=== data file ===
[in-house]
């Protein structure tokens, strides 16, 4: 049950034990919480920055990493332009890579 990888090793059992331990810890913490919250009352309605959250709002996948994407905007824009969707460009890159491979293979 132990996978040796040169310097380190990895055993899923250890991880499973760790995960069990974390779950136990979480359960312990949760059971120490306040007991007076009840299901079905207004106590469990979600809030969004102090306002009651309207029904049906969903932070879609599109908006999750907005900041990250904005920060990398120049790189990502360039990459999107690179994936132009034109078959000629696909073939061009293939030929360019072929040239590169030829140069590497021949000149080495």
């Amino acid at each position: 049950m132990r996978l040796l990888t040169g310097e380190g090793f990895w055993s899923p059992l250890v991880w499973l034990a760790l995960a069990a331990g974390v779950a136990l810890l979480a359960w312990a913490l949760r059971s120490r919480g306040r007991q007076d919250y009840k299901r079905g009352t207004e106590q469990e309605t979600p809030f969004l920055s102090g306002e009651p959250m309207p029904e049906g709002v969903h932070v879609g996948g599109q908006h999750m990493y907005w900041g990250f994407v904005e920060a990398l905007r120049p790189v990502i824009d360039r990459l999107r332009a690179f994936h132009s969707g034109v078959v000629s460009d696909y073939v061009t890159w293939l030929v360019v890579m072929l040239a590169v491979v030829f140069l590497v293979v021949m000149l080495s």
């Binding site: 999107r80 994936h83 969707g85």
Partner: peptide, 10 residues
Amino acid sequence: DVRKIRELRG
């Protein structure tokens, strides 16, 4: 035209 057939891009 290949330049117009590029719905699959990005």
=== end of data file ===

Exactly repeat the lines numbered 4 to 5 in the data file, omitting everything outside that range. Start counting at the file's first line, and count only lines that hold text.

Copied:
């Binding site: 999107r80 994936h83 969707g85």
Partner: peptide, 10 residues